Survey shows Routt County paying some workers less than market rate, others more |

Survey shows Routt County paying some workers less than market rate, others more

Routt County Road and Bridge workers install a culvert Tuesday to help alleviate flooding in 2011. The county has completed a salary survey that tells them some county workers are paid above market rates
file photo

— Routt County Commissioners got a look this week at their first salary survey by an outside consultant in more than a decade and learned that, in gross dollar terms, the amount by which they are compensating some employees below market rate is almost offset by the amount they are paying others above market for their positions.

“My takeaway from the study was that, on average, we’re right there,” Commissioner Tim Corrigan said. “We’ve just got to clean up some discrepancies.”

The survey by the Austin Peters Group was intended to determine if the county’s pay scale is competitive when it goes out to make new hires for job openings, from heavy equipment operator to clerical workers and department heads (but not including elected officials). Using 96 benchmark positions here, it compared salaries paid by Routt County, job by job, to peer counties and a handful of municipalities. It took into account the overall cost of living index, as well as the cost of housing in the different communities. The results revealed some county employees are not as well compensated as employees of other mountain resort counties, and others are compensated above market rate.

Austin Peters recommended that Routt County look at the costs for bringing four different levels of its employees within market compensation. The cost to adjust the salaries of just those employees who are 10 percent or more out of market would be $68,318. Expanding that to include all employees who are 7 percent or more out of market would be $121, 410. Taking it another step, to include those 3.5 percent out of market, would cost $214,078. And the cost of bringing all of its employees within market rate would cost the county $406,875.

The county’s payroll, including a substantial amount for benefits, totals $29 million this year.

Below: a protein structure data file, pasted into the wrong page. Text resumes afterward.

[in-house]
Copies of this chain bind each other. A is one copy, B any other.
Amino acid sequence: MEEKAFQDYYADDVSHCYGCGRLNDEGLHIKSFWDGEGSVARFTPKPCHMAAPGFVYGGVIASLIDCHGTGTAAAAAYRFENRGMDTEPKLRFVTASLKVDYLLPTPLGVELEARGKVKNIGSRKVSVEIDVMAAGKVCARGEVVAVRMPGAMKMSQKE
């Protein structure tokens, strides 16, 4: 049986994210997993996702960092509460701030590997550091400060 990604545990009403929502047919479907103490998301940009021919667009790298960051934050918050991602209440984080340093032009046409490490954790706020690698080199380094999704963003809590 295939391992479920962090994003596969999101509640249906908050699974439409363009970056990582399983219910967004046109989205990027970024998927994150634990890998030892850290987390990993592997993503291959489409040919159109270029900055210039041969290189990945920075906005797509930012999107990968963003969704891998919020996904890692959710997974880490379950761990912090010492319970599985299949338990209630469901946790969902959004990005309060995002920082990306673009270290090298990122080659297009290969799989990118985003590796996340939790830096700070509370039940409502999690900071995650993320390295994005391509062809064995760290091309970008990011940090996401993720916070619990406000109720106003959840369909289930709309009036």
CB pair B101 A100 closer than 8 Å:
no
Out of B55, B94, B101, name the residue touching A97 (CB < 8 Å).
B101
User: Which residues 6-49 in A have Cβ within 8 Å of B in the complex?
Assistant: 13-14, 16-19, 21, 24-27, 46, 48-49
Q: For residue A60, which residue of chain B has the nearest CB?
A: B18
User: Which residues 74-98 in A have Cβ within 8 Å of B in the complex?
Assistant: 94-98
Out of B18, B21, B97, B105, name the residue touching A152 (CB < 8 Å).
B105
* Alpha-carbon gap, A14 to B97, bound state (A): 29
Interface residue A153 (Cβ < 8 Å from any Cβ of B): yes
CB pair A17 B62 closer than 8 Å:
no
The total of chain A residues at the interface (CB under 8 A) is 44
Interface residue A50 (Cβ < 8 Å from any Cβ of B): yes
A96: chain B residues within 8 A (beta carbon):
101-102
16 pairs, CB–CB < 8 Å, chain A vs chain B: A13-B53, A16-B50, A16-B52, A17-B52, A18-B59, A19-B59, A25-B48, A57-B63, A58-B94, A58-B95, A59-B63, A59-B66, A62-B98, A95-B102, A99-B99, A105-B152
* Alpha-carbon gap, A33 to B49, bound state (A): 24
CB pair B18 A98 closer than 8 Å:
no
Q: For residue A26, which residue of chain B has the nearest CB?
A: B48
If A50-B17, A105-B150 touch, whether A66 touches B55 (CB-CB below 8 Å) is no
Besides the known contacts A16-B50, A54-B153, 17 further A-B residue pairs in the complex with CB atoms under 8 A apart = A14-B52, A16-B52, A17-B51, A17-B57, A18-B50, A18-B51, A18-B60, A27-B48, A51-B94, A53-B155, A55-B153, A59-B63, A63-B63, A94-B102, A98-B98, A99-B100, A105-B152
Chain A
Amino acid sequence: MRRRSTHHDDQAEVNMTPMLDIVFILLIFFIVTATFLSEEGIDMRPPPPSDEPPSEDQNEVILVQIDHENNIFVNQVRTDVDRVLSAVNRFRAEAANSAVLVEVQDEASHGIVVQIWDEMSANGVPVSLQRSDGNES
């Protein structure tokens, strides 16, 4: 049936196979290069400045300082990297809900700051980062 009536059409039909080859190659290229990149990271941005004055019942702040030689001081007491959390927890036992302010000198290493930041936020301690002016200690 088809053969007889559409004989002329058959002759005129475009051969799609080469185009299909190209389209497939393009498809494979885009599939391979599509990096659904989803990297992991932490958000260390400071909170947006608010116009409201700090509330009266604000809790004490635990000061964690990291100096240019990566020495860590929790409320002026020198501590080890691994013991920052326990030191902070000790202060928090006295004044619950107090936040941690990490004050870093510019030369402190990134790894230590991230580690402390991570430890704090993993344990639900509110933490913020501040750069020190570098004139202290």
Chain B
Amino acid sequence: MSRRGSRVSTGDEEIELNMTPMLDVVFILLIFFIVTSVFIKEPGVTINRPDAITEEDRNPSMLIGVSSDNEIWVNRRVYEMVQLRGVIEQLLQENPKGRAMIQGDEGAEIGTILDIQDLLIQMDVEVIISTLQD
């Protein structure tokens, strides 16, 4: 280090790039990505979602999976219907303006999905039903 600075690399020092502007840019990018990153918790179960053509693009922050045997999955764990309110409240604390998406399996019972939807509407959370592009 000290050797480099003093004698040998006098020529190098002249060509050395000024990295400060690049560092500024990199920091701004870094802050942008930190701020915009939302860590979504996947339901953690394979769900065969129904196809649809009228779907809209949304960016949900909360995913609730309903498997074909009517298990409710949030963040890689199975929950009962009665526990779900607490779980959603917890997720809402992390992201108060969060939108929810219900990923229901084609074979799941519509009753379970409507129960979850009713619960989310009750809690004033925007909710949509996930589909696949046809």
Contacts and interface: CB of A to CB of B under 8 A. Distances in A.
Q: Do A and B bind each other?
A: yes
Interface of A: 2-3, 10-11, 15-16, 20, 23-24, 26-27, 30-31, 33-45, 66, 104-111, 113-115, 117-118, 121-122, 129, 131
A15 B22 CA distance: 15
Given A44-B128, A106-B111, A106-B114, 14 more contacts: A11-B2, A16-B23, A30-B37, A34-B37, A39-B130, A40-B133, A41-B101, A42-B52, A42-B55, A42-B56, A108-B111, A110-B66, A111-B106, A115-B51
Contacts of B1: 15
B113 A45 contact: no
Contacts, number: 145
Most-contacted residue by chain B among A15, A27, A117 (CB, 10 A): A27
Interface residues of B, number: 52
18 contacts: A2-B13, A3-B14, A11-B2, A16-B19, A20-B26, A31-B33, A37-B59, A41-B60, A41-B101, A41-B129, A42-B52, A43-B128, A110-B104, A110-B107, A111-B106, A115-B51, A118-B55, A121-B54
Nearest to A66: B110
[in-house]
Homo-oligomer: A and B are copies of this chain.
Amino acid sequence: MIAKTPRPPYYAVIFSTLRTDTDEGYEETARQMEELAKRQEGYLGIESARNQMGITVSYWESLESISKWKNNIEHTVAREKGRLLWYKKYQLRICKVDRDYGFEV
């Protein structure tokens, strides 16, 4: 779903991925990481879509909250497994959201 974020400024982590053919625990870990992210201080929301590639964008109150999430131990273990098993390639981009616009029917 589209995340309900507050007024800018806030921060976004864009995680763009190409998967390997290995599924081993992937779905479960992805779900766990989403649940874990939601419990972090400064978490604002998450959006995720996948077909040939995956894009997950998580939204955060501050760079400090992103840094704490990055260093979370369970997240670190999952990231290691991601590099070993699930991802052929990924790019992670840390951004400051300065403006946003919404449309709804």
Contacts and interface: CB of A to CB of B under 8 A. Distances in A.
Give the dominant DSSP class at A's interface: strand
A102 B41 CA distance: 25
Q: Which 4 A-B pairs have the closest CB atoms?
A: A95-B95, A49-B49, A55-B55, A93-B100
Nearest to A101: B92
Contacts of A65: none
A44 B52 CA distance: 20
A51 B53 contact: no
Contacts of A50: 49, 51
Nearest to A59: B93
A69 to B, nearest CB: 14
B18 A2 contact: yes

Austin Peters reported that the total amount by which the county is paying below market rate (not including benefits) is $406,000. On the other hand, county pay scales compensate other workers a total of $389,000 over the current market rate.

“We have a lot of employees getting as much as 15 percent over market,” Commissioner Doug Monger said.

County Manager Tom Sullivan and retiring County Attorney John Merrill are not among that group. The survey showed they are paid at below market rates compared to their peers.

However, bringing the entire compensation scale back into alignment with market rates won’t be as simple as it appears at first glance. The commissioners have promised to hold above-market employees “harmless” — their salaries won’t be cut to bring them in line with what their peers in similar roles at other mountain counties. Bringing that side of the equation within market will happen through attrition and over time, Sullivan confirmed.

One group of Routt County employees who are being paid above market are emergency dispatchers in the combined communications center, where stress is high and so is turnover.

Sullivan said Austin Peters has learned that nationally, pay increases have not slowed turnover in that job category, and the trend is reflected in Routt County.

“That’s going to be a complicated discussion,” he added.

Corrigan said that, above all, he wants county employees to know the commissioners will seek to balance what’s good for county employees with the interests of the public.

“You always run a risk,” he said. “There are issues of moral. I want employees to know we’re trying to do the right thing for them, but also what’s fair for our constituents.”

Commissioners just received the survey on June 1 and haven’t had time to determine how quickly they will take measures to adjust the compensation for employees being compensated below market rate.

“From my perspective, it’s not actually that large of a number,” Corrigan said. “I think we’re going to have the ability to close the gap, at least somewhat.”

To reach Tom Ross, call 970-871-4205, email or follow him on Twitter @ThomasSRoss1

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